As their photographs spread rapidly across the Internet, the Tsarnaev brothers decided to make their move. Not waiting for police to find them, they gathered guns and homemade explosives for what became a final, bloody rampage on a community still in shock from the bombing three days before.

In less than 15 minutes late Thursday, authorities said, the brothers fatally shot a campus police officer as he sat in his car, then carjacked a Mercedes-Benz sport-utility vehicle at gunpoint. They held the driver hostage for 30 minutes as they scoured Boston’s western suburbs for bank machines from which to take the man’s cash.

Finally discovered, the Tsarnaevs led police on a chase through residential streets, hurling grenades and makeshift bombs as they drove. When cornered, they battled police with guns and more homemade explosives, wounding a transit officer and trading more than 200 rounds until the officers ran out of ammunition.

The drama ended for the elder brother, Tamerlan, 26, when police shot him and then he apparently was run over by his brother in a melee witnessed by scores of frightened residents of Watertown, Mass., a residential community about five miles from the apartment where the pair lived.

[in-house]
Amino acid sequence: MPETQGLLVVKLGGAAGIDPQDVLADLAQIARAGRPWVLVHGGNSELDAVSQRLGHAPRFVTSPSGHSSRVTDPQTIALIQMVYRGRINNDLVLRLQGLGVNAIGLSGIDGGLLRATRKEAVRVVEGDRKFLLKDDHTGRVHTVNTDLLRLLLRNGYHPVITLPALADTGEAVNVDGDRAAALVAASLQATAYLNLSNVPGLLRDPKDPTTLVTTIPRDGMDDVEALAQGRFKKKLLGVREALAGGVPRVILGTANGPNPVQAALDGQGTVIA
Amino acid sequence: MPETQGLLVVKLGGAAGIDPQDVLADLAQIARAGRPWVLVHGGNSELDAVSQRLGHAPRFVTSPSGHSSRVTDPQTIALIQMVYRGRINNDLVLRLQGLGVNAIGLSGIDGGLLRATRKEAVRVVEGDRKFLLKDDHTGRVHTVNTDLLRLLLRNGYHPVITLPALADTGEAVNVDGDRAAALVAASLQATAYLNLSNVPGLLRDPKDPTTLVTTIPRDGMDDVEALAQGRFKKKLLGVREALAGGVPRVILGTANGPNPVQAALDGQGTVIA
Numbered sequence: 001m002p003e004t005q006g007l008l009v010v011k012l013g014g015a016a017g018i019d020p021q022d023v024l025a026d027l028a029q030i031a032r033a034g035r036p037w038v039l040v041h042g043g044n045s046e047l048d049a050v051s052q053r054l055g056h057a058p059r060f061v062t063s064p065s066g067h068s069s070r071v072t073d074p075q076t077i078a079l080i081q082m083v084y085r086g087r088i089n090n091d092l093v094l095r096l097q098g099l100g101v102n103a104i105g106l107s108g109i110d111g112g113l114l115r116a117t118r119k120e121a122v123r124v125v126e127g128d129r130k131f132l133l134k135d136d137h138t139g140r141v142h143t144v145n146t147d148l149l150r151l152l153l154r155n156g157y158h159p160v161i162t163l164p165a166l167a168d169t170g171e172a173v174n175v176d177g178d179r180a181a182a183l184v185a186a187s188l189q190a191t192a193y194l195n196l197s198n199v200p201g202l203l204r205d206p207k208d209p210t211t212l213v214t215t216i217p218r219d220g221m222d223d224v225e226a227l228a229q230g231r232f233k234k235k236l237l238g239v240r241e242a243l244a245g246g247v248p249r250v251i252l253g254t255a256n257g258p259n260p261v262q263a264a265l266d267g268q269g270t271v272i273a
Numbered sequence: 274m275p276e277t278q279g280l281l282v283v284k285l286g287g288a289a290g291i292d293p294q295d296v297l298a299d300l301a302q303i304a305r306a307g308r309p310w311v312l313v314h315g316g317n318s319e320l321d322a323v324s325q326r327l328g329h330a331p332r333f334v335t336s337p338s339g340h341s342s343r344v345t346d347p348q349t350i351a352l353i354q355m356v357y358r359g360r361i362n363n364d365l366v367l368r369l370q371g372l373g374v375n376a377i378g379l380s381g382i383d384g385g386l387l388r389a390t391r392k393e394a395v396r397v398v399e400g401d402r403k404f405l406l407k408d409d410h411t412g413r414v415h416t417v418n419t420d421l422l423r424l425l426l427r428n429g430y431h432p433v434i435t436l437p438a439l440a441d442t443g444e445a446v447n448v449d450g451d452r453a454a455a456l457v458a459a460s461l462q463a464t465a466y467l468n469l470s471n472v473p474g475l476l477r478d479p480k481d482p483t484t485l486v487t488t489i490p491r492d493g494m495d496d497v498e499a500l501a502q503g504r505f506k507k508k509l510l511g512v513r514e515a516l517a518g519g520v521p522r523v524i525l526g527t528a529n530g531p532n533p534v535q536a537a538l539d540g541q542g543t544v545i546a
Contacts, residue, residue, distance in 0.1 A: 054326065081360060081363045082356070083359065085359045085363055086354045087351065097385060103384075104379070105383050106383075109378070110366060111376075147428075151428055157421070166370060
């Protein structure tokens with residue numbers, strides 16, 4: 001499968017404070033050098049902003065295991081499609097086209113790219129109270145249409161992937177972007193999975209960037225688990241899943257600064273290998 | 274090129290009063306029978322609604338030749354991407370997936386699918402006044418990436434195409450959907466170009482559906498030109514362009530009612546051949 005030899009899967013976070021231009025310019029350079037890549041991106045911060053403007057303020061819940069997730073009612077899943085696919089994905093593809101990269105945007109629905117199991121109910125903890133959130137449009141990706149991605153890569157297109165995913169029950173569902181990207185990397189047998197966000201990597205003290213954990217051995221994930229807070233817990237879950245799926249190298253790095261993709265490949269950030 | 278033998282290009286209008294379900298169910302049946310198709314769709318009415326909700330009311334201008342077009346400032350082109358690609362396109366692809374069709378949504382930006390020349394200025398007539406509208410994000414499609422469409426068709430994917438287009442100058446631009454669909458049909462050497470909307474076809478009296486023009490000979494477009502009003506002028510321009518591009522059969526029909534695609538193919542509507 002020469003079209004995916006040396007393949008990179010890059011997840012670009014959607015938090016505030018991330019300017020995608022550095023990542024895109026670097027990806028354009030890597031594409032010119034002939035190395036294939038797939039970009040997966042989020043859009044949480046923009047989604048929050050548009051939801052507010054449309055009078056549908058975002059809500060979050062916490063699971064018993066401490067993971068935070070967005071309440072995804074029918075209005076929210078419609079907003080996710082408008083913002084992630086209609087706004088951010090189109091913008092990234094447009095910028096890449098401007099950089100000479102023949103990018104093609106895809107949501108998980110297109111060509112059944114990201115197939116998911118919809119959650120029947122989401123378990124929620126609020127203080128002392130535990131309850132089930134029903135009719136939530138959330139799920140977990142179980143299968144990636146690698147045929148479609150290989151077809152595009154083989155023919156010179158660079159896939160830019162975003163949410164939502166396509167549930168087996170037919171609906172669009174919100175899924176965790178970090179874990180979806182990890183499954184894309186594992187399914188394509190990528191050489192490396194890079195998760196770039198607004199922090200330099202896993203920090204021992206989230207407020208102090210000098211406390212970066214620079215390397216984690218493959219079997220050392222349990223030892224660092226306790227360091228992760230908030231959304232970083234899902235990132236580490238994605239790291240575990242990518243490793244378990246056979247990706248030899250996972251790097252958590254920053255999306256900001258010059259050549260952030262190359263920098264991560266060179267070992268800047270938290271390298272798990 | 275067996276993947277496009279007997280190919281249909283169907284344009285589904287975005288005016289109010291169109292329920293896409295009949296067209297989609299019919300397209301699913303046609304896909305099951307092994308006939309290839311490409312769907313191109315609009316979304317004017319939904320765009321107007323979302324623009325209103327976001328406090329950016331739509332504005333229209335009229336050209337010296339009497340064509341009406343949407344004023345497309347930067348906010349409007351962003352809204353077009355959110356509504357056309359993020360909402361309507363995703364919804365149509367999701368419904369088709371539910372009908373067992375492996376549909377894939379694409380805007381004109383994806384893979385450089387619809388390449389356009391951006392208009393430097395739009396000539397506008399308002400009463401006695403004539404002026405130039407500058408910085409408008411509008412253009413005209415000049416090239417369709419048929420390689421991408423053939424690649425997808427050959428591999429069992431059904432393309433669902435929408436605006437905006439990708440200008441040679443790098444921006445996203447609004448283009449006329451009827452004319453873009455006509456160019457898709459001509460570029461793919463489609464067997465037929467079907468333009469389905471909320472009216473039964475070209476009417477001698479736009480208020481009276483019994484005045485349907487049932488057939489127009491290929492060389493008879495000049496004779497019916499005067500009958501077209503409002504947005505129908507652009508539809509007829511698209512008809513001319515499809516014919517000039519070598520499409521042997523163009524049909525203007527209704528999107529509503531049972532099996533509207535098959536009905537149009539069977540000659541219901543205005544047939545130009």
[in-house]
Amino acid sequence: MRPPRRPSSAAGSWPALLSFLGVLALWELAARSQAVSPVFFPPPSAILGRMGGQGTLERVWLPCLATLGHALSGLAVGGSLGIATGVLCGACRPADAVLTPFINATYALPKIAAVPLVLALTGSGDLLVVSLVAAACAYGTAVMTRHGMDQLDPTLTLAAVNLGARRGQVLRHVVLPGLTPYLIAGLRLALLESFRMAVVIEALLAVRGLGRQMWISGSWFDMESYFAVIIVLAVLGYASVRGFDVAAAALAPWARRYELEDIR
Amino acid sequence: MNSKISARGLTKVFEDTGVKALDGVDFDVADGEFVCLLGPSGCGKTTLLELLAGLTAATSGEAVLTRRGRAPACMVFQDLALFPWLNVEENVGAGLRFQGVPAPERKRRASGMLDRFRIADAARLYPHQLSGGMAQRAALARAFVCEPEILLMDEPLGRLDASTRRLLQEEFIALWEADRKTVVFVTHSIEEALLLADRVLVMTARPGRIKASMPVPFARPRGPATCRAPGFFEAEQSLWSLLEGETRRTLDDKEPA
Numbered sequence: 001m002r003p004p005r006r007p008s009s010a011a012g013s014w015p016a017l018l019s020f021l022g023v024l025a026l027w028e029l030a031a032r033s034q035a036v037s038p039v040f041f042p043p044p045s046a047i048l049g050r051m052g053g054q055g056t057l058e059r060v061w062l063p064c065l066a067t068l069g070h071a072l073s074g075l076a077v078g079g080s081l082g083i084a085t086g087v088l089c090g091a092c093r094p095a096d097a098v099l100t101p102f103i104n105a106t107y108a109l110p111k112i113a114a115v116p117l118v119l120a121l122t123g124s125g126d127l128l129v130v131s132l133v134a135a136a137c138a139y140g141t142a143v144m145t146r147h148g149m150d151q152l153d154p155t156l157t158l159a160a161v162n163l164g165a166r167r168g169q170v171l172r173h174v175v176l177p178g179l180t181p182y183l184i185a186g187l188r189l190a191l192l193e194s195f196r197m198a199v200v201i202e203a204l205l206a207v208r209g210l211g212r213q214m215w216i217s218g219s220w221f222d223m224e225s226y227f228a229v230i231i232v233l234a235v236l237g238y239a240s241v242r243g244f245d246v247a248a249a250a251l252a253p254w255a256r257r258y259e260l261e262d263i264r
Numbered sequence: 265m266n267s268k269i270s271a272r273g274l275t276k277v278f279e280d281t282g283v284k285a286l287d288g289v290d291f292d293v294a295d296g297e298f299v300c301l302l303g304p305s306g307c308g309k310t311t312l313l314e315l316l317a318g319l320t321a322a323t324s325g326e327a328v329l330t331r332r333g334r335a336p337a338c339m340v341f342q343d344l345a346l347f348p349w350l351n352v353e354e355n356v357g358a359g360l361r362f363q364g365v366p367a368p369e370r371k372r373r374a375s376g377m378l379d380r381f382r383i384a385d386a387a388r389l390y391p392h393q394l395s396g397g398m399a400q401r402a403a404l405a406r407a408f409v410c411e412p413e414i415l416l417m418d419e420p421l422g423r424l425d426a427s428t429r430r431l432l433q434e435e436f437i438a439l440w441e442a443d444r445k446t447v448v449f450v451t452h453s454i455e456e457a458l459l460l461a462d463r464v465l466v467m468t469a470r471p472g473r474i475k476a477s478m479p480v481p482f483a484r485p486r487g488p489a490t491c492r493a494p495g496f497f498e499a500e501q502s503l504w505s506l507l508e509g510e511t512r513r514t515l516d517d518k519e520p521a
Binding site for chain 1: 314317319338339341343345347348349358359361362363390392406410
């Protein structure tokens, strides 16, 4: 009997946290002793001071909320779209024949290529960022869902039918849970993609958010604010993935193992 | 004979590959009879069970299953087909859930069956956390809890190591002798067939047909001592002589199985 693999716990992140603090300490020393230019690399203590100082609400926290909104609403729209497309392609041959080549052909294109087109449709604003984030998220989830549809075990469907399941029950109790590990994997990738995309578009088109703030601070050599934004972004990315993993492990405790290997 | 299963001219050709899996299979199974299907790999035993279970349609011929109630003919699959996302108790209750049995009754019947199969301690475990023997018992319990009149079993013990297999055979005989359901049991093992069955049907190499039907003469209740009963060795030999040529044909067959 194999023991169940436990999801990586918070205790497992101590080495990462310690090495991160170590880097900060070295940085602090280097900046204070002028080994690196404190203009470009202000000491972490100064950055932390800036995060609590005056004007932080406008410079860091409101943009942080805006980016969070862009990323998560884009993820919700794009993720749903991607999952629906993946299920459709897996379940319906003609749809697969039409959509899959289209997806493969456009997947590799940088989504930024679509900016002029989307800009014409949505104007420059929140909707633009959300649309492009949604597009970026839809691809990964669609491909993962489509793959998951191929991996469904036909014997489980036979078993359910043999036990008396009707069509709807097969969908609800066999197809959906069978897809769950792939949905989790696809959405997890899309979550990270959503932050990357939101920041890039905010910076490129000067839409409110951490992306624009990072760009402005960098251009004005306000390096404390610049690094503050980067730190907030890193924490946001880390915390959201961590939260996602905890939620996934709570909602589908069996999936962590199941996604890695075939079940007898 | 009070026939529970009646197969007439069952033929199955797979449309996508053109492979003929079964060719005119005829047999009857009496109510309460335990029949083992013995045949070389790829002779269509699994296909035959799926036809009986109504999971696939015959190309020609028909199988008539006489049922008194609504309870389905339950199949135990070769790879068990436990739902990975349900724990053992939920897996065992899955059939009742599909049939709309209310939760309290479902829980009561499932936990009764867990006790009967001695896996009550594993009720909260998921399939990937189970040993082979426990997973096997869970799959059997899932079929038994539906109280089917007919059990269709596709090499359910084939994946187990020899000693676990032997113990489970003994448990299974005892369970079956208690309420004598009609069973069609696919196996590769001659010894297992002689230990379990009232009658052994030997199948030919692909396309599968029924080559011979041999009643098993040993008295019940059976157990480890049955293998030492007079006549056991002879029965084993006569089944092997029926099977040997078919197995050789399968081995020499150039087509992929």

The younger brother, Dzhokhar, 19, fled on foot, somehow eluding police and beginning a widespread search by thousands of federal agents and state and local officers. The hunt shut down much of metropolitan Boston for hours and transfixed millions of Americans who watched the events unfold.

See the full sequence of events in the aftermath of the Boston Marathon bombings.

On Friday night, soon after state police held a news conference saying they did not know where Dzhokhar Tsarnaev was hiding, he was discovered in a plastic-covered boat parked in the driveway of a Watertown home. Police surrounded the boat and, after nearly three hours, brought him out alive.